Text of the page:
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Your mixed billing questions answered


newsGP writers


7/06/2022 4:23:50 PM

Business sustainability has become a major issue for general practice, particularly following the Medicare freeze. Can mixed billing help?

Man paying over the counter for health services
Out-of-pockets costs for patients have grown significantly over the past decade.

In March, the RACGP hosted a webinar that focused on how to introduce mixed billing into general practice.
 
Presented by President Karen Price and facilitated by Chair of the RACGP Business Sustainability Working Group Dr Emil Djakic, it outlined the benefits of a mixed billing model and how to manage the transition to mixed billing, including discussing fees with patients.
 
Below are some of the standout queries from the final Q&A session.
 
Practice membership fees
Are we able to charge a practice membership fee and bulk bill members?
 
You cannot charge patients a fee if they are being bulk billed for a consultation. However, one way to incorporate a membership fee into your billing policy is to privately bill the first consultation with a patient each year, and then bulk bill any additional consultations. You could also privately bill more consultations if you like. See Case study 3 in the RACGP’s Billing case studies for an example of how this could work in practice.
 
Discussing fees with patients
Are there any examples of ways to have conversations with our patients to explain/justify charging a gap?
 
The RACGP has an information sheet which provides advice on how to communicate with patients about fees, including tips for engaging in conversations about why patients are being charged a gap fee or why their fees have increased.
 
Many patients are starting to recognise the value of the care they receive from their GP, particularly as GPs have been there for their patients during the COVID-19 pandemic and their doors have stayed open. Patients have also valued the flexibility that telehealth consultations provide. The amount that people pay for general practice care compared to other health services is quite small. Patients who are paying out-of-pocket costs often don’t see this as a problem if they feel they are receiving value for money.
 
Gap fees
Is there any way for the patient to only pay the gap rather than pay the whole amount and then have to claim back from Medicare?
 
Unlike other forms of health insurance, current legislation prevents patients from paying the difference between their benefit (patient rebate) and the total fee for the service. Instead, privately billed patients are required to pay the whole fee and subsequently obtain reimbursement for their benefit from Medicare. The Health Insurance Act 1973 provides the legislative framework for the payment of Medicare benefits.
 
The RACGP recognises that only being required to pay the gap amount would make it easier for patients to afford fees. We have written to the Department of Health to express concern about the continued operation of the 90 day pay doctor cheque scheme. We understand the federal government plans to phase out the cheque system by July 2023.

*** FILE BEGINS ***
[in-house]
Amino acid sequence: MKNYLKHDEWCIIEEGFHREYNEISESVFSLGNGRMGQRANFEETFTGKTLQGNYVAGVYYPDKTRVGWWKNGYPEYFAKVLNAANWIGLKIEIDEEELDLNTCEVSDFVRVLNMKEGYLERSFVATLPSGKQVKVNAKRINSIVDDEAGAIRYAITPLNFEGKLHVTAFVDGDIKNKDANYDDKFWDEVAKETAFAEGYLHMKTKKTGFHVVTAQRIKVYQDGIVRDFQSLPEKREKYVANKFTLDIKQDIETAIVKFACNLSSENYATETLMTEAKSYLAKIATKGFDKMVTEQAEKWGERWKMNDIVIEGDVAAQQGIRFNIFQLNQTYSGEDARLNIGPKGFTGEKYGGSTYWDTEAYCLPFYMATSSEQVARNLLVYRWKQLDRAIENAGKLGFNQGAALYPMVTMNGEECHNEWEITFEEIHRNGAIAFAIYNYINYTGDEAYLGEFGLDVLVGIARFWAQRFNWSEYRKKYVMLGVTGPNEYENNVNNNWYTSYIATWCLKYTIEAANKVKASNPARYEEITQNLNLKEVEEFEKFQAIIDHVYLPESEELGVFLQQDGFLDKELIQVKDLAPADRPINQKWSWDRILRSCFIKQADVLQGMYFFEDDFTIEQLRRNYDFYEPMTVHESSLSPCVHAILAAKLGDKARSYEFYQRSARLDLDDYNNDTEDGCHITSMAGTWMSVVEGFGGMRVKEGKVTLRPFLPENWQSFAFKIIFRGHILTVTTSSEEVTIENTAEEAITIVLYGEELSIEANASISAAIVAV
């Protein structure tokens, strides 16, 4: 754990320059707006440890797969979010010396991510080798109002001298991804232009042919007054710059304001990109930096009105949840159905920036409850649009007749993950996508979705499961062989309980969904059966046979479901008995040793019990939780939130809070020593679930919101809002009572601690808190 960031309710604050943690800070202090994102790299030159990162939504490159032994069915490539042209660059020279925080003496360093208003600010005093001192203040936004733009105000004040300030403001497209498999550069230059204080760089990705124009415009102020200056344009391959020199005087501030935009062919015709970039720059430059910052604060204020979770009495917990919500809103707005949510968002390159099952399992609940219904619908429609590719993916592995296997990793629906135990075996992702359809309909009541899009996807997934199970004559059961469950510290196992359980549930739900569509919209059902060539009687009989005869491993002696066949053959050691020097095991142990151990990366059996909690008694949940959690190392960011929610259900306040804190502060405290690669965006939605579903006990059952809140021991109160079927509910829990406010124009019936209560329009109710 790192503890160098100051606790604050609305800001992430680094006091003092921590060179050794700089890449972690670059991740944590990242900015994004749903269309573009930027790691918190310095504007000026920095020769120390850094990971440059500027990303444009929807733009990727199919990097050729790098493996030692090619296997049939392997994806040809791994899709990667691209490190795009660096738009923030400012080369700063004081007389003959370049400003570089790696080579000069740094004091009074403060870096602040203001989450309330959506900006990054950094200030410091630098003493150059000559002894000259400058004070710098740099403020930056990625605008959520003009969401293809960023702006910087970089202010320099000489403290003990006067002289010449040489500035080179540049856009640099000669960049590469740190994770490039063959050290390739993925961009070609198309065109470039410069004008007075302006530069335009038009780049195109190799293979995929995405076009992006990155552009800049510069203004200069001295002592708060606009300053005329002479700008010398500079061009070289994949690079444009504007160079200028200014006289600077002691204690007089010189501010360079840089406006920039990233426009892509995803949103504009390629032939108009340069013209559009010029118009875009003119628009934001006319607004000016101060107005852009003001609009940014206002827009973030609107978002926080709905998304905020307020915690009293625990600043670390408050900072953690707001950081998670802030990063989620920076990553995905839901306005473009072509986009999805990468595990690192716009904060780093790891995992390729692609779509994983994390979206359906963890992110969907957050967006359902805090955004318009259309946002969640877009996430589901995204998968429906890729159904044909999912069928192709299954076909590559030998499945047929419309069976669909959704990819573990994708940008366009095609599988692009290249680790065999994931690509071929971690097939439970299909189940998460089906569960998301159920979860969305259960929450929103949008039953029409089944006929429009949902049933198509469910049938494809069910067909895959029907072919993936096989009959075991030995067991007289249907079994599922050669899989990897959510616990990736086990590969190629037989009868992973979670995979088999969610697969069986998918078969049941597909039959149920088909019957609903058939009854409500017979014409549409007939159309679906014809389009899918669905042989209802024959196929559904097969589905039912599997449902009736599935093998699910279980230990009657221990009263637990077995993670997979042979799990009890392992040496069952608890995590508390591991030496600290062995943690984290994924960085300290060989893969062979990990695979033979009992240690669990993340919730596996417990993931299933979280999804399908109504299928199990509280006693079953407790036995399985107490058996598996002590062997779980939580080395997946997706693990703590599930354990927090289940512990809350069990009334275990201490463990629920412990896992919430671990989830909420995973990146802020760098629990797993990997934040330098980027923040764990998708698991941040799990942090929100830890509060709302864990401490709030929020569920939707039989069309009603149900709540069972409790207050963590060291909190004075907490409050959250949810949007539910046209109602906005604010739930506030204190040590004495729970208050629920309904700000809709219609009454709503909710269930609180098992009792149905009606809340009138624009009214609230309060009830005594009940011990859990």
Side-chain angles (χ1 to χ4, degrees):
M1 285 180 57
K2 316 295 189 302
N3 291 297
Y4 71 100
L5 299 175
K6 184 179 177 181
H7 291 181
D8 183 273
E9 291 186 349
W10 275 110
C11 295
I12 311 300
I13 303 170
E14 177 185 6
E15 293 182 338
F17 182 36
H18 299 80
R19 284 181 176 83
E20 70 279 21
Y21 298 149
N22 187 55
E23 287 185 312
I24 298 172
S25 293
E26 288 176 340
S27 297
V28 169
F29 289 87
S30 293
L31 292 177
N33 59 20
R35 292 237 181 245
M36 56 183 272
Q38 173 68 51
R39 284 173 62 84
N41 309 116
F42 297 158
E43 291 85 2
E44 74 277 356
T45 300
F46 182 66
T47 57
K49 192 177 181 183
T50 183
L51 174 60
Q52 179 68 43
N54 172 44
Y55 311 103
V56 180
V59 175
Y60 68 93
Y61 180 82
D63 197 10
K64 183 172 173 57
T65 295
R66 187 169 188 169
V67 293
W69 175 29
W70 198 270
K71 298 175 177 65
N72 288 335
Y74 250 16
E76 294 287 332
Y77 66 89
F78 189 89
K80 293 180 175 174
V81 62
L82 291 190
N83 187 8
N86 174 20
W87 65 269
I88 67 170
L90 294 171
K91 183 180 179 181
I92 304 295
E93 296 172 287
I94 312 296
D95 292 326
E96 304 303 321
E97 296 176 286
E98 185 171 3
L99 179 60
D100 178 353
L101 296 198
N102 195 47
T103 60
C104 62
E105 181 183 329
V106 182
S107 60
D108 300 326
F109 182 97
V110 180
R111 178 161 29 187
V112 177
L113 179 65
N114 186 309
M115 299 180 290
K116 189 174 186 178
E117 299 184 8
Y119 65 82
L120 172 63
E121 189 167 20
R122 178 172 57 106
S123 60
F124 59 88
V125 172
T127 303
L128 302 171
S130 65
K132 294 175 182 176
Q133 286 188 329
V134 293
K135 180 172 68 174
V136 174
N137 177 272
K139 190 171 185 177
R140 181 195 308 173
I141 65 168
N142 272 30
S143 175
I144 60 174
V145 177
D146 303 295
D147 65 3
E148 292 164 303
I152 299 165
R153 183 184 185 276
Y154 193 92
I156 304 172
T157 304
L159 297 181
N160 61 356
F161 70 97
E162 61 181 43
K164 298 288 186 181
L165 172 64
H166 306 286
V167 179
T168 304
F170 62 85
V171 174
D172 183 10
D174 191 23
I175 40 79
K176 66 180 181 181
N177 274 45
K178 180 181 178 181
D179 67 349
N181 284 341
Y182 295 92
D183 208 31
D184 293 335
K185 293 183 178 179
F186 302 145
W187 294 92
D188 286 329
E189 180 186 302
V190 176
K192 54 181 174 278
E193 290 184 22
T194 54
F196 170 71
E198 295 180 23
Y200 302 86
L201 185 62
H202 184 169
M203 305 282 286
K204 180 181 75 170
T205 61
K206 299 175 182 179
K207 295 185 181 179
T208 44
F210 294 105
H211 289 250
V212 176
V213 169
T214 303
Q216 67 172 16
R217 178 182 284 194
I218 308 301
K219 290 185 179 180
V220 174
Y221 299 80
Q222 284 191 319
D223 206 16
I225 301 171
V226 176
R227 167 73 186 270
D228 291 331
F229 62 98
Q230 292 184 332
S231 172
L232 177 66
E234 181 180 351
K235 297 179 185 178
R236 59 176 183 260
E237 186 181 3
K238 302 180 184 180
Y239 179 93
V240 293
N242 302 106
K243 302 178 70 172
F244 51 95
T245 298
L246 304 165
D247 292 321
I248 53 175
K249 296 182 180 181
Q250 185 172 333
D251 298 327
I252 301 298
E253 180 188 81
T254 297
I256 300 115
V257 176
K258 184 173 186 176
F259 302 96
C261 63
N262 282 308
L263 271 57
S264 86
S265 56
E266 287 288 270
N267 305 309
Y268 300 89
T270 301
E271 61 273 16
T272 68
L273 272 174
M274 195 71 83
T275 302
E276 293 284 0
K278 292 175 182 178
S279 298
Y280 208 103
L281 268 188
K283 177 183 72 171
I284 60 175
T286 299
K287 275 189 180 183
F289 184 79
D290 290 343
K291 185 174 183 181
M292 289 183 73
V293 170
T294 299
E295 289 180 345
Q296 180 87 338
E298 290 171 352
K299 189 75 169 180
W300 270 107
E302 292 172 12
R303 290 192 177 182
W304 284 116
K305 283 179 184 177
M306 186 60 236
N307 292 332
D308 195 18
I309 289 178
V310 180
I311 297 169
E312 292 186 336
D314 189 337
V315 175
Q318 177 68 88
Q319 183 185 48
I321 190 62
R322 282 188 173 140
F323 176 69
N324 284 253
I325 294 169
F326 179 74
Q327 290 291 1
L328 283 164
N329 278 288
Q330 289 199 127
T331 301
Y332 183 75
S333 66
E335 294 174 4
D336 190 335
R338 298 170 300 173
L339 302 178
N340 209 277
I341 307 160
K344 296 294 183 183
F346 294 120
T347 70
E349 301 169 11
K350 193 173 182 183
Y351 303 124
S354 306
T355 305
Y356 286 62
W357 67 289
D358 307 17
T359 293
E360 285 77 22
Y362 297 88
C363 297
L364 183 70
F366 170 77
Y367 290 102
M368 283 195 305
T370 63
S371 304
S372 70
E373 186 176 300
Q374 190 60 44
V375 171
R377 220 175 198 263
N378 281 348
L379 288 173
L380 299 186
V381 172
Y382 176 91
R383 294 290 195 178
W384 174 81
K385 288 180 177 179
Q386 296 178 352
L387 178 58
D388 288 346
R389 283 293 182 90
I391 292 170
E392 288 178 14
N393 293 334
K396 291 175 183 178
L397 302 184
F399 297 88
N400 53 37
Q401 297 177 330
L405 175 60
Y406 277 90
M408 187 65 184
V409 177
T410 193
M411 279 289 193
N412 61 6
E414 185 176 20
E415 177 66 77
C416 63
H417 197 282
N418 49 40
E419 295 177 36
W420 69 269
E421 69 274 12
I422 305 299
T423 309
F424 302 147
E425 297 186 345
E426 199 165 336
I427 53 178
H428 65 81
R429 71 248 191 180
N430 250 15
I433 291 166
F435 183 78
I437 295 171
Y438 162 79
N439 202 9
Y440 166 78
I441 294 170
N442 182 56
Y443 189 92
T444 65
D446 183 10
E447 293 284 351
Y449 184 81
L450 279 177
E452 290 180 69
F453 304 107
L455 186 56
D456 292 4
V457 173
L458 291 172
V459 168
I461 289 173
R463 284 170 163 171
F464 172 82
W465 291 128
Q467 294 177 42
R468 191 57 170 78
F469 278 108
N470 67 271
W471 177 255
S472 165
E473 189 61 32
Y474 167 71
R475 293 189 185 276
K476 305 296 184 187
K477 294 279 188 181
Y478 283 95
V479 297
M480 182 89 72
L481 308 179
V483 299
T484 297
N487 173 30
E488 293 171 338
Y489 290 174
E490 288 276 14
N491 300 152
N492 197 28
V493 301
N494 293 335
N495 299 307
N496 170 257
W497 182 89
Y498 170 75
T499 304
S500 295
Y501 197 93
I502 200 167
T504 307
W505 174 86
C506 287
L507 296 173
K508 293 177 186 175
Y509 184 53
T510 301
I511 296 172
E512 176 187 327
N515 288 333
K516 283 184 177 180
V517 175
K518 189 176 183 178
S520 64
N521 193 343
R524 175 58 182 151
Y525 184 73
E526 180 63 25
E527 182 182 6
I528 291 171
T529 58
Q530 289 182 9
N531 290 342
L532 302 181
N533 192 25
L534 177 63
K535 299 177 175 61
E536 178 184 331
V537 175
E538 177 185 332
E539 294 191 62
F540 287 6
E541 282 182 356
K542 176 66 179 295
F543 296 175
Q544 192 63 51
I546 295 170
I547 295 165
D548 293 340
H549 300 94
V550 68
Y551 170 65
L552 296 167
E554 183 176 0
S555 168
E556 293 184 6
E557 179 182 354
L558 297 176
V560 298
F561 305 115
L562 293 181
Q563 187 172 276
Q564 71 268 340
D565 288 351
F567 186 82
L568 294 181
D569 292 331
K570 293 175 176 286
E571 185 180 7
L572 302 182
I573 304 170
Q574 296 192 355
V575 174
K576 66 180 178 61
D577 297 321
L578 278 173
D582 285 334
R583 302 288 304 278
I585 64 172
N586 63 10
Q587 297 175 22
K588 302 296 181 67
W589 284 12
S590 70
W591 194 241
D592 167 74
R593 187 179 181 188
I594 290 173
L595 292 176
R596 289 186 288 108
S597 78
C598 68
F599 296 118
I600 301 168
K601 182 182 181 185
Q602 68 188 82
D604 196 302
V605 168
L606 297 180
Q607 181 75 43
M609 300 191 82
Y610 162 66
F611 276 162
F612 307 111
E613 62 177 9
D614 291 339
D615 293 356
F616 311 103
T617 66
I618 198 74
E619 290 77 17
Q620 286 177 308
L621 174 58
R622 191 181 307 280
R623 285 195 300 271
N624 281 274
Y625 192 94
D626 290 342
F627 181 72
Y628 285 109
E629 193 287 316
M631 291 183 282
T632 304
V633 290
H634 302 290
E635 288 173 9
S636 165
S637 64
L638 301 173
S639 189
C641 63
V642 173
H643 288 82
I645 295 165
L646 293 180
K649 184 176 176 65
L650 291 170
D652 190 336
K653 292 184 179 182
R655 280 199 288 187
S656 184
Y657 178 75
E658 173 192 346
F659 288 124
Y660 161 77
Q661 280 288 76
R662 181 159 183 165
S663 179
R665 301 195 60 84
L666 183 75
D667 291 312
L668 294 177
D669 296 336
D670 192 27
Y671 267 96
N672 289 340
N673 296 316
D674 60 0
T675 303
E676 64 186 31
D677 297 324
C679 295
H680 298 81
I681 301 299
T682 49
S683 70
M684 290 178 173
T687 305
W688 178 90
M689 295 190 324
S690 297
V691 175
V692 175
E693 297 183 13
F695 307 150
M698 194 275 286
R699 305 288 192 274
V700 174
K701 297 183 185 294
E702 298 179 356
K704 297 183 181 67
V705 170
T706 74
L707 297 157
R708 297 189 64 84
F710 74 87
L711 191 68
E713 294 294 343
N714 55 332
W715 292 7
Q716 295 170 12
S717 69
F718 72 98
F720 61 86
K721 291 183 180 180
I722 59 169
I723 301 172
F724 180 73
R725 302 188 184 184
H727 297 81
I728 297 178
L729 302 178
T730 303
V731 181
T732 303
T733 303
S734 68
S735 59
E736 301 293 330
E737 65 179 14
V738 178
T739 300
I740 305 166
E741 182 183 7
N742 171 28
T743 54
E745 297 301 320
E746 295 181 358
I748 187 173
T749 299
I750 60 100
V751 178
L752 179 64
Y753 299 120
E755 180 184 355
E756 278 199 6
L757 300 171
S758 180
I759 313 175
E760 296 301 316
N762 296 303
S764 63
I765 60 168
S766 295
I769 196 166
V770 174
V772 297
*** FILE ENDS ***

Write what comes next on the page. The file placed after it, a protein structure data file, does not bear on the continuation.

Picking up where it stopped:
The RACGP recommends the system be abolished by 1 July 2022, allowing GPs to be paid immediately via Electronic Funds Transfer (EFT) even if the account has not been settled in full. This archaic system is an added administrative and financial burden that GPs and patients simply do not need, particularly during a pandemic.
 
Unfortunately, there are no plans currently to phase out cheques before 2023 or remove the 90-day timeframe, as the government sees this as supporting bulk billing. This is because if a patient is unable to pay the full amount on the day of the consultation (rebate + gap fee), the GP could be left waiting up to 90 days to be paid. In that case the GP may choose to bulk bill the patient as a one-off.
 
The RACGP will continue to advocate where possible for this scheme to be reviewed.
 
It is important that practices clearly advertise their fee policy so that patients understand the need to pay in full on the day of the consultation.
 
Managing competing views on billing
What if different practitioners in the practice have different views on bulk billing? How do we handle that if one doctor wants to implement mixed billing?
 
If you are an independent contractor rather than a salaried employee, you should be free to determine your own billing policy, even if other doctors in your practice exclusively bulk bill.
If you are experiencing backlash from other doctors, talk to the practice owner/s about your intention to move away from bulk billing and your rationale for this.
 
The issue of employee contracts can be complex. GPs and practices should seek legal advice relevant to their situation if they are unsure if they or an individual is an employee or a contractor.
 
The RACGP’s General Practice Business Toolkit provides some information on the difference between an employee and a contractor in Module 5 – Your practice team. The Fair Work Ombudsman, Business.gov.au and the Australian Taxation Office also provide advice about the differences between employees and contractors.
 
It is important to remember that billing is a personal choice. If you have strong views on mixed billing but other doctors in your practice don’t feel the same way, they are not obligated to follow your direction and change the way they bill.